For those who feel threatened by the idea of ordering multiple small tapas dishes at a Spanish tapas bar in Spanish, there are other options available! I’m not going to lie, for the first few days we spent in Spain, I felt a little bit overwhelmed by the idea of trying to order food in Spanish, in a way that I hadn’t felt in France or Italy where I’m a lot more familiar with the language and the type of words that you might find on a menu.
Luckily there are a number of restaurants around that still cater to locals who want a meal rather than multiple tapas dishes. The Taperia de Malasana located to the north of Madrid’s main shopping street Gran Via, is one example of this. They’re busy throughout the day with locals popping in for a cheeky morning drink, others staying on for lunch, yet others coming in for afternoon drinks and snacks, and those who stay well into the night with more drinks and tapas. The bar area at the front of the restaurant is definitely where all the cool kids sit, but K and I took refuge in the quieter seated restaurant space in the back, away from the smokers.
With a lunch set menu (three options for entree, three options for mains, and dessert or coffee) that changes daily for only $10 Euro per person, it was an easy choice. The menu doesn’t come translated into English (it’s scrawled in Spanish on a blackboard), but the elderly waiter that we had knew a little bit of English and was happy to translate the different options for us.
I started with the Stuffed Tomato as my entree, which came out cold. I’m starting to learn that in many cheaper restaurants in Europe, the entree is always served cold as it allows the kitchen to manage output much easier. It’s a dish that worked surprisingly well when cold, with the sweet, almost caramel, tomato stuffed with a rice and savoury mince mix that really hit the spot.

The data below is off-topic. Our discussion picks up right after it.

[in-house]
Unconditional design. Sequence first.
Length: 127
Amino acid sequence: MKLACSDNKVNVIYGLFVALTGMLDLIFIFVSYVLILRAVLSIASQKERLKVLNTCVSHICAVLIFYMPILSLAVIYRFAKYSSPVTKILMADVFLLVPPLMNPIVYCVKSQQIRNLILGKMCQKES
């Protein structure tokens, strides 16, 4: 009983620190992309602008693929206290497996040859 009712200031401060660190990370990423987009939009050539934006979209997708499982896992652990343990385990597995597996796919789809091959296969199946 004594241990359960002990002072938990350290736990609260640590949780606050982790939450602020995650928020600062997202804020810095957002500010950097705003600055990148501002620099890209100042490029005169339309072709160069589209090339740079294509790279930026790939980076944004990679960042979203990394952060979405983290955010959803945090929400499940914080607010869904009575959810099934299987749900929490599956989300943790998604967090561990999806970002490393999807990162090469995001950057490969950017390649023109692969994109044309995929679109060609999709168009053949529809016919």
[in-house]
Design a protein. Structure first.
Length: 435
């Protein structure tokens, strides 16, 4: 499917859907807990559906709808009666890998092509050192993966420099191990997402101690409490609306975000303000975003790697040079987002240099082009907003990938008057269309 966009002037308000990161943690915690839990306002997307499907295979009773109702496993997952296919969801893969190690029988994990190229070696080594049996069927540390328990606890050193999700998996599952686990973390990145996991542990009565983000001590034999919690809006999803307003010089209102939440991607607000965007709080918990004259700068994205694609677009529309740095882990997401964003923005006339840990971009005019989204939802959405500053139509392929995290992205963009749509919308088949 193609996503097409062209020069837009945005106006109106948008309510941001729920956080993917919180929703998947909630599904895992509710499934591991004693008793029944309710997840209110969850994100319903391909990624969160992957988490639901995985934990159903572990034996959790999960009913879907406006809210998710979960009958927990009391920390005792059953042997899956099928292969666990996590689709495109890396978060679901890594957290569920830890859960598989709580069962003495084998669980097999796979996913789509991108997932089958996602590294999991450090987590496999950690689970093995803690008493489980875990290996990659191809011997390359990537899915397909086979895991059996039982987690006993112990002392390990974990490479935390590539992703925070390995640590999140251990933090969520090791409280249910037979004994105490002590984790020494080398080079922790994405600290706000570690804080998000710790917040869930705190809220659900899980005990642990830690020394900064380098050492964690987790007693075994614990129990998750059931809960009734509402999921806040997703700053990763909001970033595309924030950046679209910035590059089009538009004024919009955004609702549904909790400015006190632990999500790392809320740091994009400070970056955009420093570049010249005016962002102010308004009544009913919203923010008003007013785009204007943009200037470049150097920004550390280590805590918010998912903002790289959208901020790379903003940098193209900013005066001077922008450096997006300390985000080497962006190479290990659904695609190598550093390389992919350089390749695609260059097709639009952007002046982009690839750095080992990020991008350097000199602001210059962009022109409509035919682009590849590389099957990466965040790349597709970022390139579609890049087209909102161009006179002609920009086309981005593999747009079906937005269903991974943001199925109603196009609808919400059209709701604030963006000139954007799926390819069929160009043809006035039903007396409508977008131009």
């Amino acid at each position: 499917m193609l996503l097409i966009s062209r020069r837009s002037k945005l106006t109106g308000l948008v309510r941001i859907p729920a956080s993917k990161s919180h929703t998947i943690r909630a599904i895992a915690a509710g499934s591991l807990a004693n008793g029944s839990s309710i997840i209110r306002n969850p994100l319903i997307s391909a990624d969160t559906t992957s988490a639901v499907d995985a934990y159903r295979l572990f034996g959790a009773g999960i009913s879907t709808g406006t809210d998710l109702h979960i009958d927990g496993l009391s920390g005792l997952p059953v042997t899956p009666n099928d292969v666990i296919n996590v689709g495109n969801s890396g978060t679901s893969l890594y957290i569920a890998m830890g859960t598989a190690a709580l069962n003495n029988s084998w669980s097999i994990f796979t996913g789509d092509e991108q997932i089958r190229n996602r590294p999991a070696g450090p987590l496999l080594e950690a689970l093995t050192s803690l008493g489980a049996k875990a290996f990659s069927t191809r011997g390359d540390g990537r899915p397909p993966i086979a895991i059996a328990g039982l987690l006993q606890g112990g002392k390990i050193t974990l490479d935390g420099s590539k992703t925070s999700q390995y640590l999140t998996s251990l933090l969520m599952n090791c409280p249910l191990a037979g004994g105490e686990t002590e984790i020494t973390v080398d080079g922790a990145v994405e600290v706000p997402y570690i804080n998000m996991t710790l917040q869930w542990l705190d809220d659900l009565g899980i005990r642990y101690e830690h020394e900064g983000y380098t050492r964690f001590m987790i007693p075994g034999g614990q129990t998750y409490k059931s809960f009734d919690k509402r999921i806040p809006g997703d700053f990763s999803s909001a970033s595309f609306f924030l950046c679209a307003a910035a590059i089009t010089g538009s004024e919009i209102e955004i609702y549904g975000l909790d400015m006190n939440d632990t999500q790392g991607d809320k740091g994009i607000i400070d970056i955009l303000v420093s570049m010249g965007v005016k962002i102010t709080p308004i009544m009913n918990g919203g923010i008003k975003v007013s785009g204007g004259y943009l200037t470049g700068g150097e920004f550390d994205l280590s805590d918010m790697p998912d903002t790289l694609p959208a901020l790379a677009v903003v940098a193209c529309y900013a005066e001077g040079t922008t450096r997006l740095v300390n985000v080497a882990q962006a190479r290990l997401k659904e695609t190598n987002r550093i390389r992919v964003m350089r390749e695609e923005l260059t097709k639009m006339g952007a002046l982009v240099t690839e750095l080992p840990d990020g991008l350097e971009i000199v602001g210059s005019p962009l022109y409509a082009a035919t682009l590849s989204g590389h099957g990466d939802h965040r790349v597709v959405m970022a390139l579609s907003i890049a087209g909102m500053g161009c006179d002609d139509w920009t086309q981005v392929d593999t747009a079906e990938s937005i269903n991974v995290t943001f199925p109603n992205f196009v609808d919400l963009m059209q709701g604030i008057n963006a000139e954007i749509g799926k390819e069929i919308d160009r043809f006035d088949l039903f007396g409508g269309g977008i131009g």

K had the simple Garden Salad for his entree, which comes topped with some tuna in olive oil. It was a simple salad of the most basic ingredients – lettuce, tomatoes, carrots, onions, corn and olives. What I did like about it was the fresh burst of sweetness that the few sweet corn kernels scattered through the salad offered – a nice contrast to the vinaigrette-dressed salad leaves.
K’s main course was the Boiled Ham with Potatoes, which was liberally dressed with olive oil and paprika. While the broiled potatoes were very nice and tasty, the boiled ham really didn’t appeal to me as it had lost most of its meatiness and was relying heavily on the paprika to give it some flavour.
My Fried Chicken Stuffed With Ham and Cheese was overly breaded, but still particularly tasty with its gooey and more-ish filling. It was on the oily side though, and would have been better paired with some roast potatoes rather than oily chips on the side. Still, for the price we paid for the whole meal, it was quite good.
The dessert that we each had was by far the highlight of the meal though – a little Flan with a dark caramel sauce. In fact, this meal kick-started a flan taste-testing trip that we did across Spain and Portugal – we tried the house-made flan in almost every restaurant we visited.
Overall, Taperia de Malasana is a decent little local restaurant that offers an incredibly reasonably priced set lunch menu. While the menu is not in English, those who aren’t confident in their Spanish language skills will find a lot of help in the waiters who are more than happy to help translate for you. It’s not amazing food that I would rush back for, but this type of restaurant isn’t a bad choice for travellers who want reasonably priced food in a comfortable environment.
Taperia de Malasana is located at 8 Calle Corredera Alta de San Pablo, Madrid.